This embossed object is one of thousands of shallow brass basins, bowls and trays from Europe which were traded extensively along the west coast of Africa.
Early 20th century
Old Calabar, Southern Nigeria, West Africa
School / style / culture
Diameter 460 mm; Height 37 mm
Did you know?
Brass, an alloy of copper and zinc, was imported from Europe to west Africa from the late 15th century and quickly became desirable and valuable. By the 19th century, brass was being produced on an industrial scale - turned out by the ton in Birmingham brass foundries - for demanding African markets with regional preferences for different types of brassware.
The Mami Wata brass tray will be on display in The Art of African Metalwork display at the National Museum of Scotland until 25 August 2019
The tray features a female figure, which is most likely a depiction of the water spirit Mami Wata (Mother Water). Mami Wata is celebrated throughout much of Africa and the African Diaspora.
Often portrayed as a mermaid, a snake charmer, or a combination of both, she is beautiful and alluring, protective yet dangerous. She is representative of female power and one of a pantheon of related African water spirits which honour the essential, sacred nature of water.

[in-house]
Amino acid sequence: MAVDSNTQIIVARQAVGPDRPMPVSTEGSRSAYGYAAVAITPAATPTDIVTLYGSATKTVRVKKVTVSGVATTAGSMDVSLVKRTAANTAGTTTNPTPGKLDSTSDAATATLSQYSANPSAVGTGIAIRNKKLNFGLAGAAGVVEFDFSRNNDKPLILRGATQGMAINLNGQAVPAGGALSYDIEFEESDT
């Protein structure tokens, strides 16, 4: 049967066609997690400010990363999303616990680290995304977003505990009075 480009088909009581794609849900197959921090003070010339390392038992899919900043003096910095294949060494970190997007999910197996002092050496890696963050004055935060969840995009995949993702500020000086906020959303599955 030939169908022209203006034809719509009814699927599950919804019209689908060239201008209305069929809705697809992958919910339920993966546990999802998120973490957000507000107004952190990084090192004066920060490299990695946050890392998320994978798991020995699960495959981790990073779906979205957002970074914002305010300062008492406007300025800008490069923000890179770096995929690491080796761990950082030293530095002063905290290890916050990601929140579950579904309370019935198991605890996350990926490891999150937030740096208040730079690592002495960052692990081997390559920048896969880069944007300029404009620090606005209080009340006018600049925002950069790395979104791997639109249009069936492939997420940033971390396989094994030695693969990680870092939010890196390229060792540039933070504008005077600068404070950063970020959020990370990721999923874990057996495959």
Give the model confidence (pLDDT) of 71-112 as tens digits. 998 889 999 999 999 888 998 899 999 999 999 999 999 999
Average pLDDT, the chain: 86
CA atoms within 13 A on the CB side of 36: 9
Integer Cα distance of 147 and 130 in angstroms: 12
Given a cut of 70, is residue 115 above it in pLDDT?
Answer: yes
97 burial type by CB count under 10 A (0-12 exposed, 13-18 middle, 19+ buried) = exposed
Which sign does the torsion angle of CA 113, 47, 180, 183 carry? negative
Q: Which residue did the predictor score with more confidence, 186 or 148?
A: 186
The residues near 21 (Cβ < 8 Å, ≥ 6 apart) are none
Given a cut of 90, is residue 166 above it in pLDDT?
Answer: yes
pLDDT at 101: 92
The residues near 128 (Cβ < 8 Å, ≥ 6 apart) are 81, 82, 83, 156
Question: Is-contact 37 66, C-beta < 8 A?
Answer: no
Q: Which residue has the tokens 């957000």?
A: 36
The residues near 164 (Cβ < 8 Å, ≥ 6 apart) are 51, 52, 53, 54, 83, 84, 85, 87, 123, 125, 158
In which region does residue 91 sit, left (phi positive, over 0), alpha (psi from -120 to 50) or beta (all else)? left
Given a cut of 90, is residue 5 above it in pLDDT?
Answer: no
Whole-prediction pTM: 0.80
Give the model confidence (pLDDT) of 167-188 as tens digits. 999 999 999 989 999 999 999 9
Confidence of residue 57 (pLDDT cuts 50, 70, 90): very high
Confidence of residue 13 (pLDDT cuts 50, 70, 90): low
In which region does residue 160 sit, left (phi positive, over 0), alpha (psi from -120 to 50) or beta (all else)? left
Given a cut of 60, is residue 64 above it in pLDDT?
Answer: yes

This tray is in a regional style and also features water symbols associated with arts of the Efik and Ibibio people. You can see representations of fish, crocodiles and turtles. Her body decoration and hair represent local styles, while her bared teeth indicate her powerful nature and her crown is a symbol of her otherworldliness. In her hands are a mirror and comb, symbols of a mermaid.
In the 19th century, the craft of decorating brass trays and bowls imported from Birmingham began among Efik women in Duke Town, Calabar, an important trading port on the coast of Nigeria.
This tray is a fine example of this punched or chased metalwork decoration. Small metal tools with shaped ends are used to give impressions such as dots, lines or semicircles. These are then lightly held against the surface of the metal and tapped with a hammer to give the required detail and texture.
These objects had a variety of uses, ranging from utilitarian to objects of display for local ceremonial use, trade, gifts and souvenirs.
Detail on reverse of tray
This object is a symbol of the long held and complex connections between Europe and Africa. It is a fascinating example of how one object, mass produced in England for trade with the African market, was transformed into a unique piece with significant cultural resonance in the Calabar region of west Africa, and then took the return journey to Scotland.
Was it a gift of diplomatic exchange? Was it created for the souvenir market? Or was it intended for local ceremonial use? Acquired by the Museum from a dealer in 1911, unfortunately the museum records provide no further clues about the journey this object has made.